Das finde ich irgendwie verwirrend... Ich würde noch nicht einmal die deutschen Zeiten können, wenn es nicht meine Muttersprache wäre

    Pluperfect (Plusquamperfekt) describes actions that happen before another action in past tense. It corresponds to the English past perfect, and it is formed just like the perfect tense, but with the auxiliary in preterit rather than present tense.
    In spoken German, the pluperfect is often replaced with preterit or perfect tense.
    Example: sie hatte es gegessen (she had eaten / had been eating it)
    Even this is confusing... ;>


    Any tips for the "ly"-adverbs?
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    (Original post by gembarla)
    Das finde ich irgendwie verwirrend... Ich würde noch nicht einmal die deutschen Zeiten können, wenn es nicht meine Muttersprache wäre
    Oh, that sort of stuff. I think the best advice is to ignore all that and get as much practice in as possible. Lots of reading and speaking should sort you out.

    (Original post by gembarla)
    Even this is confusing... ;>
    The past perfect is used exactly when you'd use the Plusquamperfekt in German...

    (Original post by gembarla)
    Any tips for the "ly"-adverbs?
    What about them?
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    All you need to know for the Plusquamperfekt is...

    It's the past tense of the auxiliary verb "have" (so, had) + a past participle.

    i.e. I had eaten.

    You could also use "had been" if you were implying a sense of continuity when something else happened.

    i.e. I had been eating an apple, when I noticed a worm in it.

    Which is slightly different, as you can see...

    I had eaten an apple, when I noticed a worm in it.

    ^^^ That wouldn't work, as "I had eaten" implied that you ate it, and it's gone, and the action wasn't interrupted.

    What sort of tips are you wanting on the "ly" adverbs?
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    (Original post by Fleece)
    i.e. I had been eating an apple, when I noticed a worm in it.
    This doesn't make sense to me. You can (just about) say:
    "I had been eating an apple, when I had noticed a worm in it."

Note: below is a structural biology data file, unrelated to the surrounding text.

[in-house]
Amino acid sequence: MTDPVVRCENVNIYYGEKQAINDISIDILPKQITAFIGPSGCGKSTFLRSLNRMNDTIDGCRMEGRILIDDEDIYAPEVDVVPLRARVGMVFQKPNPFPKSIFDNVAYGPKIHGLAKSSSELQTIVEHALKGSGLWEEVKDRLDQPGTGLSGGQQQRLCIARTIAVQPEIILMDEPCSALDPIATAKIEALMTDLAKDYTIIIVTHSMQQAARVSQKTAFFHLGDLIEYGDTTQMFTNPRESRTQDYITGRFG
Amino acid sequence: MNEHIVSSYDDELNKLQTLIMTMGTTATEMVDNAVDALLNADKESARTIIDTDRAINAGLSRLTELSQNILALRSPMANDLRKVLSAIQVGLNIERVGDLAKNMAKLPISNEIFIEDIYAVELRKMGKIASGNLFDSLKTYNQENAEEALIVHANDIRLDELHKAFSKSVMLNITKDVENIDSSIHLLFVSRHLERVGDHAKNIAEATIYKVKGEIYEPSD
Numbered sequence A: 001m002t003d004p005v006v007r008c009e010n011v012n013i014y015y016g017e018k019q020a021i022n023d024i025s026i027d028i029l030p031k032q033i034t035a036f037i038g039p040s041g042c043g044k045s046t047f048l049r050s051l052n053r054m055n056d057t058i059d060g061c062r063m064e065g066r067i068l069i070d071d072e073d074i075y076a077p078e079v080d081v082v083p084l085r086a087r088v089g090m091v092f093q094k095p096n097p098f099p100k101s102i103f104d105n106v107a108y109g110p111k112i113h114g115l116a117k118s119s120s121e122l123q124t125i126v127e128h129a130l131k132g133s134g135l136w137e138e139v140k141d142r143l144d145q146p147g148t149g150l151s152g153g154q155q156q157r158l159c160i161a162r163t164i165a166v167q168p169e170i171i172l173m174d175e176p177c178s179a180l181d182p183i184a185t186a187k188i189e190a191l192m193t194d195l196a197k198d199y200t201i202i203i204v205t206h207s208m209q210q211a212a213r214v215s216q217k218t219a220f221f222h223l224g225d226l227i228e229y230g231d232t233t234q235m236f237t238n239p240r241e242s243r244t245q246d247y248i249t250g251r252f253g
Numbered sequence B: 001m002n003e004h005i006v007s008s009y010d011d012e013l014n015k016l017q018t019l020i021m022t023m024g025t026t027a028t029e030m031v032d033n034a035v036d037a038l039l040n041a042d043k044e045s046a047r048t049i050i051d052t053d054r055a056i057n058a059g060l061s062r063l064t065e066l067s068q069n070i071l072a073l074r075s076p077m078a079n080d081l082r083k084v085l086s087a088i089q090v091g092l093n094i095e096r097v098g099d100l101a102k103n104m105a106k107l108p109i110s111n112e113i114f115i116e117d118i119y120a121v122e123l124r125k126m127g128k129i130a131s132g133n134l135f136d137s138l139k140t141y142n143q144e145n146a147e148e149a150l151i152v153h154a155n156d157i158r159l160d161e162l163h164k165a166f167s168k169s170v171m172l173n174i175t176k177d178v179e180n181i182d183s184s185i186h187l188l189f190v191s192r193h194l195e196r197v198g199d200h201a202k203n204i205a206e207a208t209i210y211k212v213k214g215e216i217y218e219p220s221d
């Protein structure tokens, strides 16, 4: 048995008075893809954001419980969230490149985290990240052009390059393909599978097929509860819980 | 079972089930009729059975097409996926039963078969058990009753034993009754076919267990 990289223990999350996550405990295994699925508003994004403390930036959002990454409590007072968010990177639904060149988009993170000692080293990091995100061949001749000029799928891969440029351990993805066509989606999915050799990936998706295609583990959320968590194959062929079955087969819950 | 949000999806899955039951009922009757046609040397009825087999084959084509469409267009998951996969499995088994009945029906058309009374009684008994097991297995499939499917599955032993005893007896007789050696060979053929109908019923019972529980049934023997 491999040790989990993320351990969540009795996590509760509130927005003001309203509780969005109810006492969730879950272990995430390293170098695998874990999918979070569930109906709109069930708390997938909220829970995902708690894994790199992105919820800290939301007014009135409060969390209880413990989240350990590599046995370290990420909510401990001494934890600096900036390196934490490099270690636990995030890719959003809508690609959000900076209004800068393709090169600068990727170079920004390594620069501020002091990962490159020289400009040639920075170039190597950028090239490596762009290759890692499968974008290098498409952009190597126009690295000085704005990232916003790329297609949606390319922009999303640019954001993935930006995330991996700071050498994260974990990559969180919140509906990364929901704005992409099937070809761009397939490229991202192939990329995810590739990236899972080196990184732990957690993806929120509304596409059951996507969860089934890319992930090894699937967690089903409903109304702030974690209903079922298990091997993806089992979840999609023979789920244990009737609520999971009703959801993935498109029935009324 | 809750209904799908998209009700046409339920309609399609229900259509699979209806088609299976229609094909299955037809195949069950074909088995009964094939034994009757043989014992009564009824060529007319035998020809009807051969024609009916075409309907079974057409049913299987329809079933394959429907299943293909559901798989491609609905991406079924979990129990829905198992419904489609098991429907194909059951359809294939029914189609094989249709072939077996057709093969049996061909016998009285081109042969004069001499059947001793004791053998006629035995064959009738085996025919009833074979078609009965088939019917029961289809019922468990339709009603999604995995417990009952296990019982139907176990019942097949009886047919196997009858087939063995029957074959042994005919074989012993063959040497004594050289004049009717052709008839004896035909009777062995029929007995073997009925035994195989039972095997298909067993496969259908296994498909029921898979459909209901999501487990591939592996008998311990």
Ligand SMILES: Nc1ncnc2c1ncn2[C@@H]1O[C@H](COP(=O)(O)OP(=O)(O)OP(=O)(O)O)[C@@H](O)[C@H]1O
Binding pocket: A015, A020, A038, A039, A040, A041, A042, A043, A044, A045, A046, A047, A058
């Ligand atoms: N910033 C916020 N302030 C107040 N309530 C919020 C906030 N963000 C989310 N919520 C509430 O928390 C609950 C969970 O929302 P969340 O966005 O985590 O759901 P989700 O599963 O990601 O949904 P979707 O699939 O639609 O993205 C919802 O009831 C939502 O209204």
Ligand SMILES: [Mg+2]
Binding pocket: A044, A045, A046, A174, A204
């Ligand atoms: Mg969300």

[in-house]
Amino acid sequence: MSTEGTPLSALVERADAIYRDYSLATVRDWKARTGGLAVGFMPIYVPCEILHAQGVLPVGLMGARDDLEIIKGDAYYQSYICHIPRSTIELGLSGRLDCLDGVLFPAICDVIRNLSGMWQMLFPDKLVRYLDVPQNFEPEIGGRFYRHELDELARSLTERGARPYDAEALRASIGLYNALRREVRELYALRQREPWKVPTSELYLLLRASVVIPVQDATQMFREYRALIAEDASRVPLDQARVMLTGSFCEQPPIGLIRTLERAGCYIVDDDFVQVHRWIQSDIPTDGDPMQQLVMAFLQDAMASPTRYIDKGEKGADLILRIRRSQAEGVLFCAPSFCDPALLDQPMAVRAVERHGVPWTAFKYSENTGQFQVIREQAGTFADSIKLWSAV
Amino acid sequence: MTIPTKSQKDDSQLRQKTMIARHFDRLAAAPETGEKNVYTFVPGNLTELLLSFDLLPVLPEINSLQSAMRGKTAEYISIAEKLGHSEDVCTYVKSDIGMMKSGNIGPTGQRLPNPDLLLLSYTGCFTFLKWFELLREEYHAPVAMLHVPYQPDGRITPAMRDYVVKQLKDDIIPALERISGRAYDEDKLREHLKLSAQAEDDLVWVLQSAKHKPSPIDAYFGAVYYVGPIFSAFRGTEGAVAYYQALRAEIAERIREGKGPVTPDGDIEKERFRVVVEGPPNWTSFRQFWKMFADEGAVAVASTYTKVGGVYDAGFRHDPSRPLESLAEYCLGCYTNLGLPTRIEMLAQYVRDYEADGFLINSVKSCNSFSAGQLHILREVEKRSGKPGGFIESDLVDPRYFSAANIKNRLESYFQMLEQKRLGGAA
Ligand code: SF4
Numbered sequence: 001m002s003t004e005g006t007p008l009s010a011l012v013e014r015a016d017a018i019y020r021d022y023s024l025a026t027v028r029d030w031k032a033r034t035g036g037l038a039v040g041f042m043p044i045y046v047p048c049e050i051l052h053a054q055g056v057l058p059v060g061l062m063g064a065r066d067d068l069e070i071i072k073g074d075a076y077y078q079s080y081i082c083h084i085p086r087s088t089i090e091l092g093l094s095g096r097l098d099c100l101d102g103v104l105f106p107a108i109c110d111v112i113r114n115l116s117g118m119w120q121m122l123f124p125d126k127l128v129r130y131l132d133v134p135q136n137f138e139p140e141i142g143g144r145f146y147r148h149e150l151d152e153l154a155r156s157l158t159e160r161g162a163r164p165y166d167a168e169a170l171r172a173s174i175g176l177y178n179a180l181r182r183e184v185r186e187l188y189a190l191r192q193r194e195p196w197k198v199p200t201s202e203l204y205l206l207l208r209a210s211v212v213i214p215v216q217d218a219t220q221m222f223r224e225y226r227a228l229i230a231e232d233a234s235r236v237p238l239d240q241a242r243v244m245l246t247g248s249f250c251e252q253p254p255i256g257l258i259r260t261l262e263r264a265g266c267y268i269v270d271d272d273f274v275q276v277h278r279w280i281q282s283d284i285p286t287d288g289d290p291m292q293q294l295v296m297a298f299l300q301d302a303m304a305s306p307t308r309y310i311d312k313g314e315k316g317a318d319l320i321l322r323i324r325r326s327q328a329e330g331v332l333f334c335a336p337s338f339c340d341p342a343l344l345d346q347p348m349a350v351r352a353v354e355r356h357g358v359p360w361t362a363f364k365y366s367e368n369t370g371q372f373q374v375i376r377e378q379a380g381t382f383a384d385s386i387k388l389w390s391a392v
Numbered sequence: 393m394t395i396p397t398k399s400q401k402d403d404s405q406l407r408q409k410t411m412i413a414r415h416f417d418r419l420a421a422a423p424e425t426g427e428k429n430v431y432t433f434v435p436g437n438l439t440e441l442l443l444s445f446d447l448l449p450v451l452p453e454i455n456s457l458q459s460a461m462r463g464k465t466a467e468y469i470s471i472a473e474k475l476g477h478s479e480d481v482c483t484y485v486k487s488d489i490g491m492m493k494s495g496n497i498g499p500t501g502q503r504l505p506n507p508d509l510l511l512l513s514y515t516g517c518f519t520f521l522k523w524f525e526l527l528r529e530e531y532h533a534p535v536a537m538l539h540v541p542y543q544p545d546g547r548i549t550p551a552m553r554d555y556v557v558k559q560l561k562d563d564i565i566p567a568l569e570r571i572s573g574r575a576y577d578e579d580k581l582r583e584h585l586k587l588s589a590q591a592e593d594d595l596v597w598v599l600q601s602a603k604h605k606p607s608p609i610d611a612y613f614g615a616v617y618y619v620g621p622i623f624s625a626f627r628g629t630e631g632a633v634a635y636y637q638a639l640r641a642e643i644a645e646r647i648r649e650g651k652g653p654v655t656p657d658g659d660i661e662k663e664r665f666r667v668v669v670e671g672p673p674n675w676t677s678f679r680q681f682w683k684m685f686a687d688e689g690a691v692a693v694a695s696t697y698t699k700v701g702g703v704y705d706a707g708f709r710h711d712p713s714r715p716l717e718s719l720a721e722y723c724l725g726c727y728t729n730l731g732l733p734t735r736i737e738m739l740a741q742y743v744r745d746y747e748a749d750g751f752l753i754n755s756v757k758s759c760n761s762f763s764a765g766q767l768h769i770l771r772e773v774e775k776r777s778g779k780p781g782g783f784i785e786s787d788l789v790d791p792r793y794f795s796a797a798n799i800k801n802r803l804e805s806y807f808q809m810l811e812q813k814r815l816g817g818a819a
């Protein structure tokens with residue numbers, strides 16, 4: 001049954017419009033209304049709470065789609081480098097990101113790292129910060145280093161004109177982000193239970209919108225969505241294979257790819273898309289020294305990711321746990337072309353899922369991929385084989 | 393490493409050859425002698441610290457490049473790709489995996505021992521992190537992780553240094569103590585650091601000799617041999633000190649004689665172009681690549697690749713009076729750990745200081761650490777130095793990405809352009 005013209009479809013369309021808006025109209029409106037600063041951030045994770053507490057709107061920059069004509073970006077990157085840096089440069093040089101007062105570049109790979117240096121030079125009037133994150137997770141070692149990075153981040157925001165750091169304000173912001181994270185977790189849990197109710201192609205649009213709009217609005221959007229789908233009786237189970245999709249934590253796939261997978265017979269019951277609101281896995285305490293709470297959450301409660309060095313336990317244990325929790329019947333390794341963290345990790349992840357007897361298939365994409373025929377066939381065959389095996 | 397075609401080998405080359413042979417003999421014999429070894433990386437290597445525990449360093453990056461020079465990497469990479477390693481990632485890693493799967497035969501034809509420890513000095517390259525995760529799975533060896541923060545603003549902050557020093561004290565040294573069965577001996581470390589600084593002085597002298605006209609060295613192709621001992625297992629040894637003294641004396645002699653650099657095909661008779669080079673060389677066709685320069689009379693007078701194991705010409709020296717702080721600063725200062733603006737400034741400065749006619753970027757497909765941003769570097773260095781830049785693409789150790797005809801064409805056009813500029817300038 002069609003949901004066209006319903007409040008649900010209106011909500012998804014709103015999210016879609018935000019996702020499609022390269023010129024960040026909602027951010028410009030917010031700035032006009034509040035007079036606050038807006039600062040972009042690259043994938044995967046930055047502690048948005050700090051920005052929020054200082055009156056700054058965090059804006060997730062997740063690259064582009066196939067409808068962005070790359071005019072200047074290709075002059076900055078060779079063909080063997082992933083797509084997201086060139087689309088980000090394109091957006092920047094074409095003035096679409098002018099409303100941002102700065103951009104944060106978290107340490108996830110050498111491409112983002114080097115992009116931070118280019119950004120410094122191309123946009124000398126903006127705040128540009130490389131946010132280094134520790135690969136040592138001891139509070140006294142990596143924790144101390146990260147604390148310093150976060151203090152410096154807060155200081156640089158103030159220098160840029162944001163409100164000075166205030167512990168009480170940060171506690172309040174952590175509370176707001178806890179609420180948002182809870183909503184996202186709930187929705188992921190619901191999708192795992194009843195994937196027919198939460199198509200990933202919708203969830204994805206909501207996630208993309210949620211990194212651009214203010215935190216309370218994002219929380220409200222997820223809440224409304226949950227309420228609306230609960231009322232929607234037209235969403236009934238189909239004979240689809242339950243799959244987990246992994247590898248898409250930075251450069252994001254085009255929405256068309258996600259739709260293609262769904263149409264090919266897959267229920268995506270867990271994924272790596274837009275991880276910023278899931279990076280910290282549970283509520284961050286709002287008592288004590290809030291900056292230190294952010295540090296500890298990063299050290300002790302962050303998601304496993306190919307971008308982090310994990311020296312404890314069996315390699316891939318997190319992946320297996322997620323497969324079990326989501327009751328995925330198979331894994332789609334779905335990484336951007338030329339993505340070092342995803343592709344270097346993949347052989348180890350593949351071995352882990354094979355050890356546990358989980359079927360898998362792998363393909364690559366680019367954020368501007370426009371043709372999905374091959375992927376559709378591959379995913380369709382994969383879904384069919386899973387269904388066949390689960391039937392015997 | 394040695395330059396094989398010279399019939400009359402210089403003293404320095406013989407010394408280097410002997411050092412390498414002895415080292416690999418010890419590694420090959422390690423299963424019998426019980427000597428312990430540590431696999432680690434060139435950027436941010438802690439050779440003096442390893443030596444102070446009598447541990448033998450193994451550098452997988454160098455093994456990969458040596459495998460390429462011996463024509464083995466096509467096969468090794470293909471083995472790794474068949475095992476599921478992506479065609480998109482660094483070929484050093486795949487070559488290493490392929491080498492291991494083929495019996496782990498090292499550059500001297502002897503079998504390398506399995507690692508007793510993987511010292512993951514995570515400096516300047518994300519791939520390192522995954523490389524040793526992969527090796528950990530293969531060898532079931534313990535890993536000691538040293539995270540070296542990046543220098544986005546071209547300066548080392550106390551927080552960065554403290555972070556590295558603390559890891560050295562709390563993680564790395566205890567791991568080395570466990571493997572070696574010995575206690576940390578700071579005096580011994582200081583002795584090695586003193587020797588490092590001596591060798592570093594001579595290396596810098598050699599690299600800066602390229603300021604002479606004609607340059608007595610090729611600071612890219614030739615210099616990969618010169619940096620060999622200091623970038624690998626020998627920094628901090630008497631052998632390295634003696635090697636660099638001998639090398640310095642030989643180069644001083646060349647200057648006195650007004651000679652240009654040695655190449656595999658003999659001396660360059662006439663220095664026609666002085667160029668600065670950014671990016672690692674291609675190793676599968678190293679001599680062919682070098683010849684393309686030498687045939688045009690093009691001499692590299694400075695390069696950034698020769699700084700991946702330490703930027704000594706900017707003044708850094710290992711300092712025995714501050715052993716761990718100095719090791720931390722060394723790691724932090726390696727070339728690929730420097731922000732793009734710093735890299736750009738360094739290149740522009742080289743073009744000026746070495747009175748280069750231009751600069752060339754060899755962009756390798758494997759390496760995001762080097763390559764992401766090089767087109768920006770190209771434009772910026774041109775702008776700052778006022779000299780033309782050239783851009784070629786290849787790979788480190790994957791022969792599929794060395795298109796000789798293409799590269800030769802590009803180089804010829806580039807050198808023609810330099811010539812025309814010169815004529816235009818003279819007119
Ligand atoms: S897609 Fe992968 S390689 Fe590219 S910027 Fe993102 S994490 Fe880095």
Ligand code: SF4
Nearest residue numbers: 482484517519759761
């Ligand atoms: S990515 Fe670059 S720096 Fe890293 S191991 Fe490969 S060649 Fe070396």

or:
    "I was eating an apple, when I noticed a worm in it."
    ...but I think you've mixed the two up, and I don't think your sentence makes sense.
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    (Original post by generalebriety)
    This doesn't make sense to me. You can (just about) say:
    "I had been eating an apple, when I had noticed a worm in it."
    or:
    "I was eating an apple, when I noticed a worm in it."
    ...but I think you've mixed the two up, and I don't think your sentence makes sense.
    Hm I see what you're saying.

    But it still makes sense to me.
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    Concerning the whole either / neither debate, wouldn't "I don't like apples" - "Neither do I" work as well?
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    (Original post by hobnob)
    Concerning the whole either / neither debate, wouldn't "I don't like apples" - "Neither do I" work as well?
    ;yes; Because there's nothing else in that phrase to negate your feeling
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    Gott sei Dank, dass ich dieses Gespräch verpasste!
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    wie gehts? was ist deine name?
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    (Original post by Dream1)
    wie gehts? was ist deine name?
    Ich? Ich bin OK danke, aber ich bin ein bisschen krank. Und dir?
    Du kannst mich "KJ" nennen. (Ich bin ein Mädchen!)
    Und du? Wie heißt du?
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    Hallo Leute!:ciao:
    (Original post by kjc_us)
    Ich? Ich bin OK danke, aber ich bin ein bisschen krank. Und dir?
    Du kannst mich "KJ" nennen. (Ich bin ein Mädchen!)
    Und du? Wie heißt du?
    :hugs: Was hast du?